md167the-meaning-of-life-james-frey-postersYes, Mr. President, we need to have serious discussion about the epidemic of mass murders in the United States. We need to have thoughtful discussions about racism, greed, hedonism, hatred, division, oppression, and lawlessness. These things are called sin, and yes, we need serious and open dialog about them. And yes, Mr. President, our thoughts and prayers are not enough. We need actual change. However, the change we need is not political change. It’s not a change in laws – it’s a change of heart. We need repentance. We need to turn again to the Truth. We need to turn to Jesus Christ.

We have, as a nation, rejected the reality of the Biblical God. We have instead embraced the lie of autonomy apart from God. And, because we have built the American worldview on something other than the reality of God, that worldview is necessarily irrational and devoid of truth. It’s no wonder people act irrationally and some people kill others – they’re just being consistent with what they’ve been indoctrinated to believe.

Some will claim this argument is invalid, because most people don’t kill others. I would respond by saying that most people are inconsistent with what they claim they believe, and far more consistent with Biblical truth. If people truly believed that we’re nothing more than cosmic accidents with no intrinsic value and that morality is just an illusion, then we’d have mass murderers all over the place. We don’t, because people deep down inside know that God exists. We all know right from wrong because God makes it evident, even though we all suppress that truth. Unfortunately, some people completely lose touch with reality, and that’s why we have psychopaths who kill others.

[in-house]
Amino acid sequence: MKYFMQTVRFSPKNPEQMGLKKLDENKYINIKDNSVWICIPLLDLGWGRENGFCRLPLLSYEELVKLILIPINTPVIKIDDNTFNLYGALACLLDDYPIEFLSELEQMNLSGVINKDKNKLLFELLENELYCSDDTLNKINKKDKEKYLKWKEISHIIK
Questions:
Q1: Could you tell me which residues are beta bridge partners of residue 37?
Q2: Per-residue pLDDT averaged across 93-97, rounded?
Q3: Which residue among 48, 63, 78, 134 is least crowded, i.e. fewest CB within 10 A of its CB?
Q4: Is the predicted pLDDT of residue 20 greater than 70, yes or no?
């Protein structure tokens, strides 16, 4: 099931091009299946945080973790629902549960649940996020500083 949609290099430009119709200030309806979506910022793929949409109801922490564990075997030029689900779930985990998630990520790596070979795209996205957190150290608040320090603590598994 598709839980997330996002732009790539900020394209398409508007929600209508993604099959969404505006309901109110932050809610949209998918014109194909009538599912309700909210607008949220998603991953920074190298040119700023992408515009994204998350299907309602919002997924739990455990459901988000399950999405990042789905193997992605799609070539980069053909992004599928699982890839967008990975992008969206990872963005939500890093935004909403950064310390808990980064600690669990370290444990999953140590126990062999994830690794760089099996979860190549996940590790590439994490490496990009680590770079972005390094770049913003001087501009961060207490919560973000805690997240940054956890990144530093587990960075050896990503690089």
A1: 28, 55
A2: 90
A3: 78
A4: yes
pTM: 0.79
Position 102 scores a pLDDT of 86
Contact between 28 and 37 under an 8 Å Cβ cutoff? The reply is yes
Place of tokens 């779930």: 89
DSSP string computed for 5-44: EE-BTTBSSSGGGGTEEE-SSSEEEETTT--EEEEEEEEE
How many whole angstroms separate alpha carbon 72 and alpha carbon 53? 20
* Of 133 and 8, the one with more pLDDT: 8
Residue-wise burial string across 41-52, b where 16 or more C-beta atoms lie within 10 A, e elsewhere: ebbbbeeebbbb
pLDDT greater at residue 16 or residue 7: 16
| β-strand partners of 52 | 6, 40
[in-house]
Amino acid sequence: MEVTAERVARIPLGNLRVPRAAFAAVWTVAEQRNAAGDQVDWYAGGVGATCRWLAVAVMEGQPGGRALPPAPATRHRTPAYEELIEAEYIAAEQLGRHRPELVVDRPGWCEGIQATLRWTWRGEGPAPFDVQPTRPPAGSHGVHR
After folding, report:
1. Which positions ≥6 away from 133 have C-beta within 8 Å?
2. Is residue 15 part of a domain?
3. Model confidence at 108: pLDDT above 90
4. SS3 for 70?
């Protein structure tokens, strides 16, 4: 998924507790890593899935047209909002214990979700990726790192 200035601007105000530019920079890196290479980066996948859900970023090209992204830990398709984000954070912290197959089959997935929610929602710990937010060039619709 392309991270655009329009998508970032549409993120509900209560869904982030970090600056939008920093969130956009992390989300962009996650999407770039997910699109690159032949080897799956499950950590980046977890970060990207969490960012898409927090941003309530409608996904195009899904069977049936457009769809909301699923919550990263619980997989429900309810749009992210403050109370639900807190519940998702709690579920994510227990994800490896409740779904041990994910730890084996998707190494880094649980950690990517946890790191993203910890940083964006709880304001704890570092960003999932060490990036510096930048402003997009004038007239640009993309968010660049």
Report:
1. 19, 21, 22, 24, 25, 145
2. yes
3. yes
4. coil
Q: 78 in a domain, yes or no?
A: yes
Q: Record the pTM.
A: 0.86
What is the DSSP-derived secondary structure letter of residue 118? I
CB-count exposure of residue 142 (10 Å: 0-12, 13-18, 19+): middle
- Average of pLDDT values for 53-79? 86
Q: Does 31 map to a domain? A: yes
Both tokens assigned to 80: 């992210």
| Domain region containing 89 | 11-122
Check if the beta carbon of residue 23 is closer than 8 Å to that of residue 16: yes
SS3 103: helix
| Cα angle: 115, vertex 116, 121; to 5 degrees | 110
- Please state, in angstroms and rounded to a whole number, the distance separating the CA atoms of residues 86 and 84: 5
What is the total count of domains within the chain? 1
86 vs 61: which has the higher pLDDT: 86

Restricting gun ownership won’t prevent mass murders. Neither will expanded gun rights. We are having the wrong discussion. The only cure for America’s problems is Jesus Christ. That’s what we need to discuss. Unfortunately, that’s also the discussion nobody wants to have. It’s much easier to blame guns and politics than to blame ourselves, repent, and turn to Jesus Christ.

May God bless the memories of those who were killed today.  May He bring comfort to their families, and courage to the injured as they fight their way back.  And may He give us the strength to come together and find the courage to change. ~ President Obama, October 01, 2015